I have a new paper out today with an incredible team of co-authors: Naomi Rose, Mel Cosentino, and Andrew Wright.
Thaler and friends (2017) Lions, Whales, and the Web: Transforming Moment Inertia into Conservation Action. DOI: 10.3389/fmars.2017.00292.
In it, we look at three case-studies of online and offline reactions to the deaths of specific, charismatic animals, and discuss how preparation, planning, and tactical thinking can be used to promote effective conservation messaging in the wake of these haphazard events. We talk about how outrage, empathy, and curiosity play a role in the global conversation and how to effectively mobilize this attention into conservation action.
Conservation activism following moment inertia is a balancing act between strategic planning and a quick, tactical response. When the catalyst is moral outrage, it is important to allow people to be angry, rather than to try and curb such responses. In these circumstances, it is possible to leverage predictable moral signaling into tangible conservation gains.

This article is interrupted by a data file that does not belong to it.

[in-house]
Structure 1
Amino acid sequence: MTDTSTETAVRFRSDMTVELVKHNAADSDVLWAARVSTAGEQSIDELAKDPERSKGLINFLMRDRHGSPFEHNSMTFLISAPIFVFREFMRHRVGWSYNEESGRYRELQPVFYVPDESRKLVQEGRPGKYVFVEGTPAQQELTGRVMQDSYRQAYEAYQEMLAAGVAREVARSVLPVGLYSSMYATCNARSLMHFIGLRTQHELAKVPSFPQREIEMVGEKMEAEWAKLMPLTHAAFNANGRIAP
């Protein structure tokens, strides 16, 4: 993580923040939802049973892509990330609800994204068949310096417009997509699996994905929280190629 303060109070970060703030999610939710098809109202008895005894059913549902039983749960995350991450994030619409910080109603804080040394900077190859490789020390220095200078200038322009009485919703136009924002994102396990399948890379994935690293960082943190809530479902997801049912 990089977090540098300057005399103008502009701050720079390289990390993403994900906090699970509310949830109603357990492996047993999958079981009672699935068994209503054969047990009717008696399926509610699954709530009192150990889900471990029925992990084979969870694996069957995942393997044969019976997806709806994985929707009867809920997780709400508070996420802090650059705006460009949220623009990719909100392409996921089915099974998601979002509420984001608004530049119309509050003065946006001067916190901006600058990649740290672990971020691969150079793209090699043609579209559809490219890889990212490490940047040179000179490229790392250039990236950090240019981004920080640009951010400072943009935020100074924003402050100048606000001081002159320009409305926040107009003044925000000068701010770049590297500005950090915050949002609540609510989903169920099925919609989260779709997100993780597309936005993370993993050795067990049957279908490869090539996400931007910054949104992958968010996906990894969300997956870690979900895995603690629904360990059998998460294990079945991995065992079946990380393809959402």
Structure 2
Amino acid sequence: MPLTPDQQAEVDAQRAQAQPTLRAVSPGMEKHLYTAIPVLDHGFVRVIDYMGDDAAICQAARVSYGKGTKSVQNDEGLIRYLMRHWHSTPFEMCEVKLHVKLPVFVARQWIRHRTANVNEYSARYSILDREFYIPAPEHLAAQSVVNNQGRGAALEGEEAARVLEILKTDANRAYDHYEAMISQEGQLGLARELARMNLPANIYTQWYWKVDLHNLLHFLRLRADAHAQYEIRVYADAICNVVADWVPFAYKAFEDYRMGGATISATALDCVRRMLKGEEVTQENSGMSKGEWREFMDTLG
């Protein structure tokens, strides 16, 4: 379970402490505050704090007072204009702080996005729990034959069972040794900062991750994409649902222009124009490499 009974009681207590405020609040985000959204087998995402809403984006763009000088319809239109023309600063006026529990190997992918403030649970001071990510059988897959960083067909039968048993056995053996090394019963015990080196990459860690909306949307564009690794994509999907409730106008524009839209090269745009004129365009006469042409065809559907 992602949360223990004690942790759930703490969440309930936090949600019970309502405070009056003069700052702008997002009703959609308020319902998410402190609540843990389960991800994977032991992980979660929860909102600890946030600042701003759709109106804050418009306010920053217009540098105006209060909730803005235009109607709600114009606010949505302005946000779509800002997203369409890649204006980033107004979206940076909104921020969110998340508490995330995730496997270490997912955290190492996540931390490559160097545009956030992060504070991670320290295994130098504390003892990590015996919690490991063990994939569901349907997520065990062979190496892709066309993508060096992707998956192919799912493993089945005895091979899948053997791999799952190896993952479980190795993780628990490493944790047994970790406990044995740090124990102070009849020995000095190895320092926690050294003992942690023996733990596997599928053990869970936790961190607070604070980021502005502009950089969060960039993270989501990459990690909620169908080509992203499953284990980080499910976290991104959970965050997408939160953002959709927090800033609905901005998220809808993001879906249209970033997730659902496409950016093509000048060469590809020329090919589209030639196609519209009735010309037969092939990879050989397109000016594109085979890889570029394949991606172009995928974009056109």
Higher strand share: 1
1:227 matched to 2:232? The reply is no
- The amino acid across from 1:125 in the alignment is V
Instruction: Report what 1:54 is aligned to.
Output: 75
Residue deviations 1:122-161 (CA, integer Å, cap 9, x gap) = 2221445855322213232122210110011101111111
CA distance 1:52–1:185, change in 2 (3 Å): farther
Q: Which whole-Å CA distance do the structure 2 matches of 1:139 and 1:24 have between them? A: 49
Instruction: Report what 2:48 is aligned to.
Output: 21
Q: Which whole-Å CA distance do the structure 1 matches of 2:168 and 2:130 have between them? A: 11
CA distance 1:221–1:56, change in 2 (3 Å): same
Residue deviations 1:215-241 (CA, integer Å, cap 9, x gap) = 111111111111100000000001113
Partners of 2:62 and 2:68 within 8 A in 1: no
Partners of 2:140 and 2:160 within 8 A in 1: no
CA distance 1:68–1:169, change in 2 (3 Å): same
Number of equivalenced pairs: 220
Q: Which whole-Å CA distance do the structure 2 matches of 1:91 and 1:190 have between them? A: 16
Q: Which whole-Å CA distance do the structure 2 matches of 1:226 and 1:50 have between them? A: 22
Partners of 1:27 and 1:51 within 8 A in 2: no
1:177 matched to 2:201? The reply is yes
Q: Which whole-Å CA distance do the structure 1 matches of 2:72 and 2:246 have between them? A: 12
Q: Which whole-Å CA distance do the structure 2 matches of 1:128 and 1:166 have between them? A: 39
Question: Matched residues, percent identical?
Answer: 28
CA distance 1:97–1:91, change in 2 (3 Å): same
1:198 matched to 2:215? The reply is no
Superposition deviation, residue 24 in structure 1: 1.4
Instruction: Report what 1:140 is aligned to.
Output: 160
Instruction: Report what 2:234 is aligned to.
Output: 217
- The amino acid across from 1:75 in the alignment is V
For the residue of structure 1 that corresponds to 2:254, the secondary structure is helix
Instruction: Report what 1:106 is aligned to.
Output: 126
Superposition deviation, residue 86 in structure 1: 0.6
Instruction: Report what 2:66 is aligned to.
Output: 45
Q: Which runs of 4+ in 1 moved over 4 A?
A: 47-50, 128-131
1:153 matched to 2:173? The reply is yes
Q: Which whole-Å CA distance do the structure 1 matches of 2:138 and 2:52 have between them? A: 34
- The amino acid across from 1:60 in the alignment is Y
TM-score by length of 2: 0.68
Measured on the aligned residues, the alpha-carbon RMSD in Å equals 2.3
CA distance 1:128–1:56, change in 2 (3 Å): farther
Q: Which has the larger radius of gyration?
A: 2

Regardless of the emotional reaction—outrage, curiosity, or empathy—the general guidelines for conservationists leveraging moment inertia are the same. First, planning for pseudorandom events is essential to produce meaningful outcomes. Second, understanding the limitations of campaigning on an inertial moment will help establish and achieve concrete, realistic goals. Third, the call to action must be informed by the local context, address local cultural values, and be delivered by those who can connect with the public. Finally, it is critical to maintain a factual basis while acknowledging the emotions involved.
With foresight, a focus on concrete goals, and an understanding of the strengths and limitations inherent in moment inertia, these events can be harnessed to help achieve lasting conservation successes.
Thaler and friends (2017)
What is Moment Inertia: Moment Inertia is a phenomenon that arises from focus of attention around a single, clarifying event, or moment, which propagates, undirected, through media unless acted upon by outside forces.